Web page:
Anti-fracking campaigners 'deserve our gratitude, not a prison term'

By agency reporter
September 27, 2018

In July 2017,, a convoy of lorries delivering drilling equipment to the Preston New Road fracking site in Lancashire was brought to a halt by protestors. Four people climbed up on top of the cabs of the lorries and between them stayed for a total of 99 and a half hours, supported by local residents who supplied food, water and blankets.

After a seven day jury trial at Preston Crown Court, they were found guilty of Public Nuisance. Roscoe Blevins and Richard Roberts received 16 months immediate custodial sentences. Richard Loizou received a 15 months immediate custodial sentence. They can expect to serve half of this time in jail, the rest on licence. Julian Brock received a 12 months suspended custodial sentence.

Commenting on the sentences, Greenpeace UK executive director John Sauven said: “Peaceful protest is the safety-valve of a healthy democracy. It allows ordinary people to protect their health, families and homes from harm when all other safeguards have failed. It’s a strange society that massively rewards those responsible for causing more climate change while putting those trying to stop it in jail. Ministers have changed laws, taken away homeowners’ rights and distorted the planning process to make way for the shale industry, yet it’s four peaceful protesters that get punished for climbing on a lorry.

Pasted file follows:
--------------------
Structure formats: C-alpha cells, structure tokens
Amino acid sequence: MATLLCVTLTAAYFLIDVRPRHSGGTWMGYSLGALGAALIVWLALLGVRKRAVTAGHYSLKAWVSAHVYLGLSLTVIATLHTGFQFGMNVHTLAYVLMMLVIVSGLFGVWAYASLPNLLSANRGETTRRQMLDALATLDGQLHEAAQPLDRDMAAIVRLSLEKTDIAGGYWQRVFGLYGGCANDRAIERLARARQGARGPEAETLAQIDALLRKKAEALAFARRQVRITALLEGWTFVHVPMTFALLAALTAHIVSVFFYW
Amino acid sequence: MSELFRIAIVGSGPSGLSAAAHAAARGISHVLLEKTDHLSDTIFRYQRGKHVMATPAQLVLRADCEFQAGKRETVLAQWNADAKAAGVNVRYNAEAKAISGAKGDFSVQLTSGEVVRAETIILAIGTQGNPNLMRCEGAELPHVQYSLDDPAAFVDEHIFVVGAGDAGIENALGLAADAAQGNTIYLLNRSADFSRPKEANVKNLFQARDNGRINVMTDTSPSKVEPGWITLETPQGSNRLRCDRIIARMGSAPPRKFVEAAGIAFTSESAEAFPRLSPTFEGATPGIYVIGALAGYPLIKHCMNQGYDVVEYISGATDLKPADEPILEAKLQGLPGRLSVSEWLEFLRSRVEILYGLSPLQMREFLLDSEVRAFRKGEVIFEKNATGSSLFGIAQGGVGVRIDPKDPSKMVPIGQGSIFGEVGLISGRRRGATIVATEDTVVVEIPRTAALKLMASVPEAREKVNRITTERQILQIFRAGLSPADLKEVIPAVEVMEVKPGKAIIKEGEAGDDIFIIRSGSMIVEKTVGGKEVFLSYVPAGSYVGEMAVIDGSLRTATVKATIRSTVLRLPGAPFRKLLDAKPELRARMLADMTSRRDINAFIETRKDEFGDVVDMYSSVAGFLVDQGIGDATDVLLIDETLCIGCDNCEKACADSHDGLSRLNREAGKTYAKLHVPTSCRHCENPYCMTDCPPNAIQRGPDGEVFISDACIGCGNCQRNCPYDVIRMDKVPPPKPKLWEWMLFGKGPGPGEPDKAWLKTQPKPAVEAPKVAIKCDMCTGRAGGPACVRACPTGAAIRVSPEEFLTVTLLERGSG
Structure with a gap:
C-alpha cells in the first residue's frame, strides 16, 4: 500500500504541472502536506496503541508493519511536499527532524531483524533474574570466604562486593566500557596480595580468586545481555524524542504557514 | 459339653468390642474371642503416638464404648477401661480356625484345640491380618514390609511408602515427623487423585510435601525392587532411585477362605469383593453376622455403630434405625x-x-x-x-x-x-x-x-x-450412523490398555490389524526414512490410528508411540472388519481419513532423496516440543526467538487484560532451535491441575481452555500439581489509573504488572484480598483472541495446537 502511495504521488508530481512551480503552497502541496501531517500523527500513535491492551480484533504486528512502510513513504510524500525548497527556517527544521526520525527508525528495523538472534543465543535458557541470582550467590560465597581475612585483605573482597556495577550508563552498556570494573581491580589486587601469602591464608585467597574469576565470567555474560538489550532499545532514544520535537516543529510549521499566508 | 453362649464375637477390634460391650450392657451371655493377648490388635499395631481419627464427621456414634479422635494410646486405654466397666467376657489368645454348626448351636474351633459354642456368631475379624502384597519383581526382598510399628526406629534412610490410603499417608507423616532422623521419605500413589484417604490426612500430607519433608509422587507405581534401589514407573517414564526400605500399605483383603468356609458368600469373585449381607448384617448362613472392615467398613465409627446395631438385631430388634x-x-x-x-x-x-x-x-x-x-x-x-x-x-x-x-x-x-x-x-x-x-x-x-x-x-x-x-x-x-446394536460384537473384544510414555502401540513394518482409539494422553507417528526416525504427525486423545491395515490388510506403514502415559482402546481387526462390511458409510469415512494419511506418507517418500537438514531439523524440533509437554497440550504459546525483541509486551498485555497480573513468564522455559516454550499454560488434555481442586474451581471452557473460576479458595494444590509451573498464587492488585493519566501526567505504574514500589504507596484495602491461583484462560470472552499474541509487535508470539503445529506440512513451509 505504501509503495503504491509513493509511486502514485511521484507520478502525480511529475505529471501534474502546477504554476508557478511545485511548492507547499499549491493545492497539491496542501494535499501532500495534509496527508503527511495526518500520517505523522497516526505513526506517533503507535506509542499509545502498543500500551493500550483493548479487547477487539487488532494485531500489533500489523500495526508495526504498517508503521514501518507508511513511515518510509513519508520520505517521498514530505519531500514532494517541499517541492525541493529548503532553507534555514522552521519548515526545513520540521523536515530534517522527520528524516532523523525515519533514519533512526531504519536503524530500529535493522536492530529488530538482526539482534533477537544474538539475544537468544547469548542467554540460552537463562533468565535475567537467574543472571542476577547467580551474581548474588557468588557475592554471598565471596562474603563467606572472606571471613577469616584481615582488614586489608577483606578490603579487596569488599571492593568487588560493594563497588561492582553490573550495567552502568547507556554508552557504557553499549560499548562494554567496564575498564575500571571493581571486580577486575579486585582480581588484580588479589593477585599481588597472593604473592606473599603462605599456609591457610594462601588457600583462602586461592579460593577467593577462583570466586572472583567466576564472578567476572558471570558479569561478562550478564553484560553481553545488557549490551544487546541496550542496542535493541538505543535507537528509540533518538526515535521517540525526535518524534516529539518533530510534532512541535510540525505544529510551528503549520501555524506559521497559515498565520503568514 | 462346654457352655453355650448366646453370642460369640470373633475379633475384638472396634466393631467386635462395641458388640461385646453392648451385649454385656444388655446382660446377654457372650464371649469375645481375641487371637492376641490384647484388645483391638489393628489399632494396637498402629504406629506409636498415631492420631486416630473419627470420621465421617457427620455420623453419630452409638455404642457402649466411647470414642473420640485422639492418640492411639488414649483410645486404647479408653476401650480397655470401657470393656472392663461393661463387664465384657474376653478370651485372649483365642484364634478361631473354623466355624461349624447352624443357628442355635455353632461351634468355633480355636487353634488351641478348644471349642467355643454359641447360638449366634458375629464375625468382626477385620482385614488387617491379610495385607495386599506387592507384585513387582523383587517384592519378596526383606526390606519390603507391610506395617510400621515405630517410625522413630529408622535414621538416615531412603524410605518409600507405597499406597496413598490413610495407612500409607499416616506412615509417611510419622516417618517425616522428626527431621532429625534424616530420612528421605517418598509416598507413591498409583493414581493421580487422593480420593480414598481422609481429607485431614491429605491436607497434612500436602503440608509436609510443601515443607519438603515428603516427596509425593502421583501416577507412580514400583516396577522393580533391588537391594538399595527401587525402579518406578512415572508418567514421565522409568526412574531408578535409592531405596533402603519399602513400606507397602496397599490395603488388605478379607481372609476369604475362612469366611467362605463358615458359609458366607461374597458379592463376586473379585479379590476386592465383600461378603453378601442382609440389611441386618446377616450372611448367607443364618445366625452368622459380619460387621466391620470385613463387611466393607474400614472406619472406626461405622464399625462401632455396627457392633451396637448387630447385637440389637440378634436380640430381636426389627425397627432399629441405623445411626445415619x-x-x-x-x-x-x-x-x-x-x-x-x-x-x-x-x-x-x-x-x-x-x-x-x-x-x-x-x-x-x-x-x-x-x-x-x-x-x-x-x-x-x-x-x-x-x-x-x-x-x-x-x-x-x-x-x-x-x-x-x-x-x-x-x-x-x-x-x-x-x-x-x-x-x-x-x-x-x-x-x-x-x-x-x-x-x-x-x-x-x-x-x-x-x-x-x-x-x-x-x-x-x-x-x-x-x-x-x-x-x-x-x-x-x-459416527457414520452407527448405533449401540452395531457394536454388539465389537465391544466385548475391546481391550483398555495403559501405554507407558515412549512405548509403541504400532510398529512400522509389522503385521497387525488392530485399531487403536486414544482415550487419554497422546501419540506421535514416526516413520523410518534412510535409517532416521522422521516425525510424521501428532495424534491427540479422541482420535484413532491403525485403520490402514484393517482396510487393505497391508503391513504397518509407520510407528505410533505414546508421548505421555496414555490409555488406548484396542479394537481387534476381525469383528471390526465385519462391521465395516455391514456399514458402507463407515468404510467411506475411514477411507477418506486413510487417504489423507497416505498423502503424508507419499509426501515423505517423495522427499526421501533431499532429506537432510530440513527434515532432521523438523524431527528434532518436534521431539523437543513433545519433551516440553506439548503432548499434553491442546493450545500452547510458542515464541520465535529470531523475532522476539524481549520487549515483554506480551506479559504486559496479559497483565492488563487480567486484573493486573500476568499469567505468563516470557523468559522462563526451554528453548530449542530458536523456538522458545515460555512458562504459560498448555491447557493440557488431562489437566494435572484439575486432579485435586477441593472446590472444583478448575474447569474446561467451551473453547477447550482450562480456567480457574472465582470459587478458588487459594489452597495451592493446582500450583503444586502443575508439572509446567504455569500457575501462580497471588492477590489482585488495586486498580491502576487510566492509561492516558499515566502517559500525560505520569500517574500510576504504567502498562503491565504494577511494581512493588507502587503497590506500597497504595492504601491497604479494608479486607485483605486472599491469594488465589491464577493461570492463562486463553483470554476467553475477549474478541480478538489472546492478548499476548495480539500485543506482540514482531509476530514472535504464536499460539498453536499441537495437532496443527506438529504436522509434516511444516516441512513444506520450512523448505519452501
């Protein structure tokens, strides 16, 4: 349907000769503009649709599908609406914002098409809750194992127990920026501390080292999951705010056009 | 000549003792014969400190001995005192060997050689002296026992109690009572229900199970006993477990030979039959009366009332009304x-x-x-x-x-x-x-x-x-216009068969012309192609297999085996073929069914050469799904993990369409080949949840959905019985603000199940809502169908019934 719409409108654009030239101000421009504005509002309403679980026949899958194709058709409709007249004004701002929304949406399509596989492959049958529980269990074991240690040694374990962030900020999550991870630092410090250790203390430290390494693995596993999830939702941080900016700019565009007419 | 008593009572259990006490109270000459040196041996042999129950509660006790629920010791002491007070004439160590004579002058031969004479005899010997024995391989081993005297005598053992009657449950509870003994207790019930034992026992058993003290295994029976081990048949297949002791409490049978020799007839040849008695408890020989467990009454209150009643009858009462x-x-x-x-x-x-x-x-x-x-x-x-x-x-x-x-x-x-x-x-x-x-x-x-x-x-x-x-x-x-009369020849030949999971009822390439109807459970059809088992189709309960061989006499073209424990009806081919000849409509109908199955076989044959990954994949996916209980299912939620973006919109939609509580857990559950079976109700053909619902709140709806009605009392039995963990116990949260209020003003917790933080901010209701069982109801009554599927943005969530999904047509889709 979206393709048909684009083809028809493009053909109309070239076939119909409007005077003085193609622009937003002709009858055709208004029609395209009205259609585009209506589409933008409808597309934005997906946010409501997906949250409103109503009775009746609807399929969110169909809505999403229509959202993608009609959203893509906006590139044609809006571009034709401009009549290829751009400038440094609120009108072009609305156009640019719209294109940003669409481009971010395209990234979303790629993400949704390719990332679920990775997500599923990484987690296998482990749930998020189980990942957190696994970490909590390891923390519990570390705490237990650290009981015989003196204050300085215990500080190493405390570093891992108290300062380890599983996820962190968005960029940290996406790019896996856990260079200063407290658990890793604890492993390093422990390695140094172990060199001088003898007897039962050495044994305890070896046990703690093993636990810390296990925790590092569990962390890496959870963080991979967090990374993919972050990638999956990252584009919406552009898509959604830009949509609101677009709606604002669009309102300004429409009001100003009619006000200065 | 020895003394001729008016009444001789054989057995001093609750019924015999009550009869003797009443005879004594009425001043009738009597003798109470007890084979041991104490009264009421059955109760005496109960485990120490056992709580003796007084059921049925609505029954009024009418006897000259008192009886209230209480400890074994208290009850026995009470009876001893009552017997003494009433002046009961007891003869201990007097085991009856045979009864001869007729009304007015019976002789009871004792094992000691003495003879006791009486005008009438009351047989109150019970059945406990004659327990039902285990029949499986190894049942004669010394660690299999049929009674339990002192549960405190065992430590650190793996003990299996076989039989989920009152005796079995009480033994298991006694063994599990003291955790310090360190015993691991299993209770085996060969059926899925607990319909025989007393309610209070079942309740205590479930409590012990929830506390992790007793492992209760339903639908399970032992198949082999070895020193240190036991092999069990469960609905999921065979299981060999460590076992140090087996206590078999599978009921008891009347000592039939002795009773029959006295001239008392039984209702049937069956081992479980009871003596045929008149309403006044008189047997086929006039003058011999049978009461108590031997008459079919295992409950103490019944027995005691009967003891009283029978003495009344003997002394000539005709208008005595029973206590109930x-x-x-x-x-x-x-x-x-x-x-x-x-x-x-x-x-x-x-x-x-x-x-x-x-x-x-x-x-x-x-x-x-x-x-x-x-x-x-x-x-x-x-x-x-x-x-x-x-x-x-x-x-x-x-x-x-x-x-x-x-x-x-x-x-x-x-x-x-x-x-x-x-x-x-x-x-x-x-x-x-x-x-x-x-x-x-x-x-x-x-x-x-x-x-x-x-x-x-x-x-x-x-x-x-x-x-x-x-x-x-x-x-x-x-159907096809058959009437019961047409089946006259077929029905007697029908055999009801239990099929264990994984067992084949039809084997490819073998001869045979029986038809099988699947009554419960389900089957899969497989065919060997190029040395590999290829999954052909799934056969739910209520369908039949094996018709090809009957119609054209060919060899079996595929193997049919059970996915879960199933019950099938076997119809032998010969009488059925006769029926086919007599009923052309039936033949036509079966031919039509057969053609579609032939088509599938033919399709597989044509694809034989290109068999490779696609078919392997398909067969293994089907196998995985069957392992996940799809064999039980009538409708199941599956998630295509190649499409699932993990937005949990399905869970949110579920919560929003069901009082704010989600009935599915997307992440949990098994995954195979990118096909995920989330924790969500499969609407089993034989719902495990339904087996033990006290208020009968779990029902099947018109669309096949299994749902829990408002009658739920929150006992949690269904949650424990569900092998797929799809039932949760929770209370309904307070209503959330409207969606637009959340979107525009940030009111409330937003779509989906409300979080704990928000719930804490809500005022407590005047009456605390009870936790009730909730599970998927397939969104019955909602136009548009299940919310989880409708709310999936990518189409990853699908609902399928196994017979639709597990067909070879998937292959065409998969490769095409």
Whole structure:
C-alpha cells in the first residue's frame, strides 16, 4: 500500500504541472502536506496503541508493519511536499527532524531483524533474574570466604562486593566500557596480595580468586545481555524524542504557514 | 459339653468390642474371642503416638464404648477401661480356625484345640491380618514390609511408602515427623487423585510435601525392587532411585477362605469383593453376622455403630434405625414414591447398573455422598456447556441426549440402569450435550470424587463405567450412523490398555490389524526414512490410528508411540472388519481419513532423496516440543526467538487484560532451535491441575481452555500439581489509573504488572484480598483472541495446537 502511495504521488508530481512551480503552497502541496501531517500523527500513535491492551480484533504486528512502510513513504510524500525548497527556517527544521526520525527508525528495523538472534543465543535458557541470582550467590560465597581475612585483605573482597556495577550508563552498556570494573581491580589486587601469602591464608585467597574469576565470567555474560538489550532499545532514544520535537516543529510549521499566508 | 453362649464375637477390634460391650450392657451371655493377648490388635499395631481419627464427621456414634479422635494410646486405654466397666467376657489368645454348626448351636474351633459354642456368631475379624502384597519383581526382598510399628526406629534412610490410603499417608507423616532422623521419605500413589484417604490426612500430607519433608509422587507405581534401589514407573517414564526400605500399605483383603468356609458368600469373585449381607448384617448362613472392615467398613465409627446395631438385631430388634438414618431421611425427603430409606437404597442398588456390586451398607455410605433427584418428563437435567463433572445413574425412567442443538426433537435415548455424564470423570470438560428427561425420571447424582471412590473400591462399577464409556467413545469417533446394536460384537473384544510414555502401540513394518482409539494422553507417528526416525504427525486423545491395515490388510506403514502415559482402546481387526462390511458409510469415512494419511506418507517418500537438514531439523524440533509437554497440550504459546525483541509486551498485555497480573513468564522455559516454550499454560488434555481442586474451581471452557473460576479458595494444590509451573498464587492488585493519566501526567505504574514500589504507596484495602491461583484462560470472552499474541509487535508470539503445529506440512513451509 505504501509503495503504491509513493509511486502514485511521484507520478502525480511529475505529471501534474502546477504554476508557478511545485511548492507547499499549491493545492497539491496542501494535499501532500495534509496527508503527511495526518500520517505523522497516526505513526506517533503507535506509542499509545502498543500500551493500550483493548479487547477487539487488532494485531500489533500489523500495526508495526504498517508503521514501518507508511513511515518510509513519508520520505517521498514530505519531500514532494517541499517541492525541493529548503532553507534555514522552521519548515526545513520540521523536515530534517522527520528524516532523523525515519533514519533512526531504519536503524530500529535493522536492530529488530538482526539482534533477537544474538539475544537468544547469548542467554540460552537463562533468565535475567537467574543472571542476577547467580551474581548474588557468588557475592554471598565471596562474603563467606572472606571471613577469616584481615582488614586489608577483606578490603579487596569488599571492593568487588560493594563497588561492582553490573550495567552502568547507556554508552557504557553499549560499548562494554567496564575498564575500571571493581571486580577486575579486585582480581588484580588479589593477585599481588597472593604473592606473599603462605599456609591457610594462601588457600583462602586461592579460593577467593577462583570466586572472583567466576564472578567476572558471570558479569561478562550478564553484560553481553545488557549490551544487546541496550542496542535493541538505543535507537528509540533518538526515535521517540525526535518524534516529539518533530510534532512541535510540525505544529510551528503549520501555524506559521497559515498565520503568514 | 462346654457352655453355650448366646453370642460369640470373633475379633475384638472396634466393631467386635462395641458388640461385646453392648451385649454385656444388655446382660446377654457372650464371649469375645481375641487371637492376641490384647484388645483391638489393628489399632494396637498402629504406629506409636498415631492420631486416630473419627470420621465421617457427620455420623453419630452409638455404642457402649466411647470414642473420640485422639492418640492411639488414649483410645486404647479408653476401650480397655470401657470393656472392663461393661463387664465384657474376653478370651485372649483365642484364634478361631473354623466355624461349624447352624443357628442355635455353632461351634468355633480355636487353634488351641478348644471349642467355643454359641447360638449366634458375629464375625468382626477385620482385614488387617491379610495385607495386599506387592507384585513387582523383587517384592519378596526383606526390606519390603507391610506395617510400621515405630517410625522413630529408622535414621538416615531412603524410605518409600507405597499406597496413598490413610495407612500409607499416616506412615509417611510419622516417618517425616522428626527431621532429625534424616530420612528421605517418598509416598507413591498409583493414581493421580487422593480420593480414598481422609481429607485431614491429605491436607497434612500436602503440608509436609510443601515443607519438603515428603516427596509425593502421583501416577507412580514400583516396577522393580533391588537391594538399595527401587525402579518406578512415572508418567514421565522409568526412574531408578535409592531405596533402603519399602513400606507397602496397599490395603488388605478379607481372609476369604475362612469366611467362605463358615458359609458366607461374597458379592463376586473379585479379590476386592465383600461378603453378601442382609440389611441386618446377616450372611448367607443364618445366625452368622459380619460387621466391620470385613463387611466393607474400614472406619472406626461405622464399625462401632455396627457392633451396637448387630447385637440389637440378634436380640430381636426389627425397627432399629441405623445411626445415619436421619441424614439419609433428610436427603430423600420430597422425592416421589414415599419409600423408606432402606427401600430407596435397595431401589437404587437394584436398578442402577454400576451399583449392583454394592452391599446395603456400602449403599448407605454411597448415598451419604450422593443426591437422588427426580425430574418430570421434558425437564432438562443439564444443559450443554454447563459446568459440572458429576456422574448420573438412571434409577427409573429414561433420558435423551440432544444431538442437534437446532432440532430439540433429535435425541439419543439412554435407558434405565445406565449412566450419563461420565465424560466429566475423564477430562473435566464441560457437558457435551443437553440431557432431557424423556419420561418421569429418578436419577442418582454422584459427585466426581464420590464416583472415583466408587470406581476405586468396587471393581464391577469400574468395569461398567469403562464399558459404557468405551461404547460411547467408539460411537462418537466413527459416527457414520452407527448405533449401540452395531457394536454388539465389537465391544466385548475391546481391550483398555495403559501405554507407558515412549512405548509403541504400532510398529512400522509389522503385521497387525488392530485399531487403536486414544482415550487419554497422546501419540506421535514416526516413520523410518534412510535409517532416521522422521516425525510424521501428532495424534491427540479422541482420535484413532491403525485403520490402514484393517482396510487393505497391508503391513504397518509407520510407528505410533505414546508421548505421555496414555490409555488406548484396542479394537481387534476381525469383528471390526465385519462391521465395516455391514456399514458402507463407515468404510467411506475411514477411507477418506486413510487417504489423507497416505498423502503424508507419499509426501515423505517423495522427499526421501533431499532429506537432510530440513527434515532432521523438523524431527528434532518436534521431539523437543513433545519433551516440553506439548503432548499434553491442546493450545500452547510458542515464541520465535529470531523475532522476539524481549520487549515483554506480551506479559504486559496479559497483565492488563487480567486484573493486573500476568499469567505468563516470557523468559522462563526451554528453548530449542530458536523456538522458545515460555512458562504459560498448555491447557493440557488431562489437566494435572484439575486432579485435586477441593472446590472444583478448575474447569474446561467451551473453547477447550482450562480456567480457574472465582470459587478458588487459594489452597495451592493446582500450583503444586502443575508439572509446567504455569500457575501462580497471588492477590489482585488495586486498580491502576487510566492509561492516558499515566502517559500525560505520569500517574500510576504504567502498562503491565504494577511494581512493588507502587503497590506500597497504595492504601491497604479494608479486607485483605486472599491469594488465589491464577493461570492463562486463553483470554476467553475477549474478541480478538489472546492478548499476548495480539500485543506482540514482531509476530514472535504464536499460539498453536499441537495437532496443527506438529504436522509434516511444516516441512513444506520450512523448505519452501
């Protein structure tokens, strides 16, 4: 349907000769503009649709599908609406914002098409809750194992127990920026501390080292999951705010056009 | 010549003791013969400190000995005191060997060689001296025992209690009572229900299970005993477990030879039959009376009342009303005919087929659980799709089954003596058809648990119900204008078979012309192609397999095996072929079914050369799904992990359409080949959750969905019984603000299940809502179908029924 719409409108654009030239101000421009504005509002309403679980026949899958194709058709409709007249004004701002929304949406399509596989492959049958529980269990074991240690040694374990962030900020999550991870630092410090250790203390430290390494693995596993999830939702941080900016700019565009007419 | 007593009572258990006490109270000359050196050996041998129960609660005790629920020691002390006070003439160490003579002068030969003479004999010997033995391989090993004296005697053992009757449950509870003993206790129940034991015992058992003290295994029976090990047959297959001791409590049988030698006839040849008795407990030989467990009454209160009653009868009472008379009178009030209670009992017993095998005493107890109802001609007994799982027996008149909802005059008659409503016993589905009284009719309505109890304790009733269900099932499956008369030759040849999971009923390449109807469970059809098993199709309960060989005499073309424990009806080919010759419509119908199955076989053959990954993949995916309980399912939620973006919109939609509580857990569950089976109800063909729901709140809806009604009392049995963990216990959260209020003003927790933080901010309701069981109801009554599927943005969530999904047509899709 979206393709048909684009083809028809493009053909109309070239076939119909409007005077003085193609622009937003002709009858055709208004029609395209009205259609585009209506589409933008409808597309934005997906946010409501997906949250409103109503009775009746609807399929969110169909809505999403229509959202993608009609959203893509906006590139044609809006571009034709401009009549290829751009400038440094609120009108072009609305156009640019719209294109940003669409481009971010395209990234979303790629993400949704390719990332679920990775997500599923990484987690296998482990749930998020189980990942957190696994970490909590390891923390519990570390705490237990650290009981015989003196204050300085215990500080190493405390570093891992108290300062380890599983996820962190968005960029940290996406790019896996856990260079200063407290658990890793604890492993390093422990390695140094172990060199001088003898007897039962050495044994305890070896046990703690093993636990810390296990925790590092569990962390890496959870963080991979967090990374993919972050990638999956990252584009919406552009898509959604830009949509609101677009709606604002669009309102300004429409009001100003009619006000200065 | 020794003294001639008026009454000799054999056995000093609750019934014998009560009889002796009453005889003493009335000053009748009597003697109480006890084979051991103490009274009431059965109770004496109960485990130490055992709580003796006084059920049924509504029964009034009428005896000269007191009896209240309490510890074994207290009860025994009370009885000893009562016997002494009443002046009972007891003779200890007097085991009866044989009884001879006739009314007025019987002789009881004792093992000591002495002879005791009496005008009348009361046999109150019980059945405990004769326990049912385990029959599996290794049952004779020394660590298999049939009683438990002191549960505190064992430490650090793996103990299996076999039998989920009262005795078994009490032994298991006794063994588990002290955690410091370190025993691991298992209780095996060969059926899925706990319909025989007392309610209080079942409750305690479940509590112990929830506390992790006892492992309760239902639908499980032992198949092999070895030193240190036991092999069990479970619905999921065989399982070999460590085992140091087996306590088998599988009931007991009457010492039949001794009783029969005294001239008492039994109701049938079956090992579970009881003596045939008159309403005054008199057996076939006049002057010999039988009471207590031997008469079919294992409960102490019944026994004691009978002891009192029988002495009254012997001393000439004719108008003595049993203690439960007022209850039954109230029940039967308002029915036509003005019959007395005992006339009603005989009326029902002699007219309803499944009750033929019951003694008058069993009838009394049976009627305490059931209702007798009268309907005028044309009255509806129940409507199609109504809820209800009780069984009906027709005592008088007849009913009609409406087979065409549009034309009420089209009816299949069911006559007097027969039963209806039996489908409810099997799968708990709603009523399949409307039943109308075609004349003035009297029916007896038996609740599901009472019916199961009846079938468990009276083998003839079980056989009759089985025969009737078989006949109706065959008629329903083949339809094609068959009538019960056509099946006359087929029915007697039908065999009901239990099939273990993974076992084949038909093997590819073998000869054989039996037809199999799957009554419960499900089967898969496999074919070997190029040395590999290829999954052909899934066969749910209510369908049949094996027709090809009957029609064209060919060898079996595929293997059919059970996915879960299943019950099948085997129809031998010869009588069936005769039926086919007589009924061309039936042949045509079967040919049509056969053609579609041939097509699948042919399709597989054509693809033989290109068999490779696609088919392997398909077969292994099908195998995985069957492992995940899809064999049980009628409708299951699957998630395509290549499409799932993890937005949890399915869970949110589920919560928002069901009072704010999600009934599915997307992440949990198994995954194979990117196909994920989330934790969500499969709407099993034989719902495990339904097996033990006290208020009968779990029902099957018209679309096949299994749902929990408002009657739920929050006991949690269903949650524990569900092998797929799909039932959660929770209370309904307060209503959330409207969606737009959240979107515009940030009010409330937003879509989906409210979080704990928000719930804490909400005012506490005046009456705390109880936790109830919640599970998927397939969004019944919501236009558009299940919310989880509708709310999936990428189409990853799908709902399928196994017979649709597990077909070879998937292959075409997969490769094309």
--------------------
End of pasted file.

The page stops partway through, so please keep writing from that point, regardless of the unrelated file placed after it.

“As the world’s leading scientists are about to issue their latest warning on the existential threat fossil fuels pose to our living world, these Lancashire protesters deserve our gratitude, not a prison term. They have done what this government promised to do but is yet to deliver – making sure that we can leave our children and grandchildren a healthier environment than the one we found.”

* Greenpeace UK


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